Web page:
Furman Students Warn Against Potential Sex-Trafficking Scheme at Local Wal-Mart
On Tuesday Aug. 25, Furman junior Savannah Hobbie went grocery shopping at the Travelers Rest Walmart Neighborhood Market, where she may have encountered a human trafficking scheme.
Hobbie explained that while she was in the Walmart, she was approached by a man wearing a bright green collared shirt. He was too close for comfort and Hobbie quickly moved to another part of the store.
Later she encountered the same man, but this time he was with two women in their mid 60s. They seemed to insert themselves in her way, causing the same uneasy feeling she had before. She checked out quickly and rushed to her car.
Hobbie then saw a man wearing what looked like a Bluetooth earpiece who was talking in a hushed tone, standing at the car parked next to hers. She proceeded to throw her groceries in the car, hop in and lock the doors. She was afraid the man followed her, so she drove in the opposite direction of where she lives.
In an interview with The Paladin, Hobbie stated, “I kept questioning if I was being dramatic, but regardless, from now I am not going to shop alone or will ask a worker to walk me to my car.”
After sharing her experience with her father, she decided to report it to the Greenville Sheriff’s Department and the Walmart. Both took her name, number, and statement and said they would investigate.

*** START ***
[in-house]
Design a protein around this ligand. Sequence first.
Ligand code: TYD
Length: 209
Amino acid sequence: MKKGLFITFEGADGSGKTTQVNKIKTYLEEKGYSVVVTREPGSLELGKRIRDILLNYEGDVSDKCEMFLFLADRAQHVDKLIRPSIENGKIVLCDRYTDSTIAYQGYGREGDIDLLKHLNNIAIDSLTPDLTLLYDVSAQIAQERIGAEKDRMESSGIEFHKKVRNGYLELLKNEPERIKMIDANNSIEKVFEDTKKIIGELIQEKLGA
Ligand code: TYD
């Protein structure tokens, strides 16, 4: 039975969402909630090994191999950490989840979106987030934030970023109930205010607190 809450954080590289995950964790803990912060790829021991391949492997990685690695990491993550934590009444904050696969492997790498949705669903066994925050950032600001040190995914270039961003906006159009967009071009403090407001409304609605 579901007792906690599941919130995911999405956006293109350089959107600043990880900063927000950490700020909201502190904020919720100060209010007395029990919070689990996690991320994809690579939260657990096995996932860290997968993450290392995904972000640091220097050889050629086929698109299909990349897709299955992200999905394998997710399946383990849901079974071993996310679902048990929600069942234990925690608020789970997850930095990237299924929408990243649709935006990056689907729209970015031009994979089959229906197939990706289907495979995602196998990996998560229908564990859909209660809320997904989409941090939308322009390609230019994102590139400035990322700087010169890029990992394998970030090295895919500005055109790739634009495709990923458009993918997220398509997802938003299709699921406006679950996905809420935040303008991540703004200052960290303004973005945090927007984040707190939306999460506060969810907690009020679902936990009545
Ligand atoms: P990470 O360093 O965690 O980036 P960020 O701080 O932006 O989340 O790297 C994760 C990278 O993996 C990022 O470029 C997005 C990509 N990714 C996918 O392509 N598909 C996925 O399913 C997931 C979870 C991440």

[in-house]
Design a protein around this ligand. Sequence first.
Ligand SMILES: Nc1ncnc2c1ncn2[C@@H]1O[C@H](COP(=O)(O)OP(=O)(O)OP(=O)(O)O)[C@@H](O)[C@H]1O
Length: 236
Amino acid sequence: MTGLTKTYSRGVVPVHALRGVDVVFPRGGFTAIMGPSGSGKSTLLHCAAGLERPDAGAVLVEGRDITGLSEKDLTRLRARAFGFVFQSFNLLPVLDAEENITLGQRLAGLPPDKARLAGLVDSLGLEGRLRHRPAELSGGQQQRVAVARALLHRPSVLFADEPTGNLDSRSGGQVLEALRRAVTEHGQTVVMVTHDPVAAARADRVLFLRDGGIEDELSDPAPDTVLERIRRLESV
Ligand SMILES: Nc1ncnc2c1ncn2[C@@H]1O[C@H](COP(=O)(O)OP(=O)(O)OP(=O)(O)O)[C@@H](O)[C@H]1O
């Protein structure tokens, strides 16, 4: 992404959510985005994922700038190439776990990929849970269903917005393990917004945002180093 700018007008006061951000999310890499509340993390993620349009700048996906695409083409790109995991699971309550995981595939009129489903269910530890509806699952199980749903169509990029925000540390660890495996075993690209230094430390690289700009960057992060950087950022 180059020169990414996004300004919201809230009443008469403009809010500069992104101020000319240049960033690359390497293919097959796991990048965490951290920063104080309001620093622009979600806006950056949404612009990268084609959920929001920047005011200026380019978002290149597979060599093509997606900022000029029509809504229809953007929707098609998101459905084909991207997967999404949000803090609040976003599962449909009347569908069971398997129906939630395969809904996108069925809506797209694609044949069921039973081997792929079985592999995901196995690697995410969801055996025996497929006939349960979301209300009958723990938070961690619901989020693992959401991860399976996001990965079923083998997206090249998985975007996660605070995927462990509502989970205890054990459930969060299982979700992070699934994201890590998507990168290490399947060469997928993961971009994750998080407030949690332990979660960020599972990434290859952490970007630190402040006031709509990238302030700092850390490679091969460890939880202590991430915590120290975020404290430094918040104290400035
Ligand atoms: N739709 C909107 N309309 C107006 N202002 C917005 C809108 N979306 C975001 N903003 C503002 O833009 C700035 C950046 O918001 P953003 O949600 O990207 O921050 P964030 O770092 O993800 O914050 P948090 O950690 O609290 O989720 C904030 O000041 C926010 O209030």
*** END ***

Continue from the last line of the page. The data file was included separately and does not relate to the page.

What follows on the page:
Since sharing her story on her social media, four Furman women, past and current students shared with Hobbie that they have experienced similar events at the same store. Sophomore Madi Grogan had a similar interaction at the Travelers Rest Walmart in October of her freshman year. Grogan and a friend felt that they were being followed and watched by more than one person. Since the incident, which left Grogan feeling anxious and scared, she has not returned to the Walmart without the company of several people.
Furman Chief of Police John Milby told The Paladin, “Regarding the recent off-campus incident, we did not uncover any evidence to suggest this was attempted sex trafficking.” Still he noted that preventing crime is a community effort and the Furman University Police Department (FUPD) was thankful the Furman student took time to report the incident. Chief Milby also offered some general safety tips: trust your judgment, notify FUPD if you feel like you are in danger or if a person or situation is suspicious, and be alert to your surroundings and the people around you. Students can also use the LiveSafe “SafeWalk” feature to allow a contact person to virtually watch you on a real-time map.
Greenville has the second highest rate for human trafficking victims in the state of South Carolina, according to the Attorney General’s Office. Hobbie and Grogan shared their stories in hopes of raising awareness and preventing similar occurrences from happening to someone else in the Greenville area in the future.